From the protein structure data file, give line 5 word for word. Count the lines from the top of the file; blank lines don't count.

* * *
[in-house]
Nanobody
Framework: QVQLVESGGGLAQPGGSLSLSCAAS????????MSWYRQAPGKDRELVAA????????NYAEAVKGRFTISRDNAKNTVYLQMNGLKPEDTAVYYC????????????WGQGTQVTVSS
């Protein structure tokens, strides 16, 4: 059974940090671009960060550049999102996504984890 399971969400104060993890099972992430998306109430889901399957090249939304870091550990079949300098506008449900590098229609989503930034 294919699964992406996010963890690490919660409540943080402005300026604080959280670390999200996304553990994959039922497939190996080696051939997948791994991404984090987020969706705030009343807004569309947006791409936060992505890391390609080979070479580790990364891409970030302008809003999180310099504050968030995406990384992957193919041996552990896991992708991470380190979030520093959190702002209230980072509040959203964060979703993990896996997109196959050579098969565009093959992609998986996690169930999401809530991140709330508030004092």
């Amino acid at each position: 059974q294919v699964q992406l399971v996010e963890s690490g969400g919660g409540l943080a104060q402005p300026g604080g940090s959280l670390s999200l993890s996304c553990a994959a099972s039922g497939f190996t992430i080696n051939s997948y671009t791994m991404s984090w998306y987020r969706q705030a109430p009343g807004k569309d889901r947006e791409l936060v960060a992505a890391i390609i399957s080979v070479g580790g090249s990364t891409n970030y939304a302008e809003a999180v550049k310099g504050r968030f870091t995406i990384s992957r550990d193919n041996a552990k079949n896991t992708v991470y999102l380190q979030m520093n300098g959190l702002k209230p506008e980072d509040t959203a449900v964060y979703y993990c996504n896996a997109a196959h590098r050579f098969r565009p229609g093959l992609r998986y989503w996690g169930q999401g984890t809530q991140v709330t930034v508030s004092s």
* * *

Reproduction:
């Amino acid at each position: 059974q294919v699964q992406l399971v996010e963890s690490g969400g919660g409540l943080a104060q402005p300026g604080g940090s959280l670390s999200l993890s996304c553990a994959a099972s039922g497939f190996t992430i080696n051939s997948y671009t791994m991404s984090w998306y987020r969706q705030a109430p009343g807004k569309d889901r947006e791409l936060v960060a992505a890391i390609i399957s080979v070479g580790g090249s990364t891409n970030y939304a302008e809003a999180v550049k310099g504050r968030f870091t995406i990384s992957r550990d193919n041996a552990k079949n896991t992708v991470y999102l380190q979030m520093n300098g959190l702002k209230p506008e980072d509040t959203a449900v964060y979703y993990c996504n896996a997109a196959h590098r050579f098969r565009p229609g093959l992609r998986y989503w996690g169930q999401g984890t809530q991140v709330t930034v508030s004092s």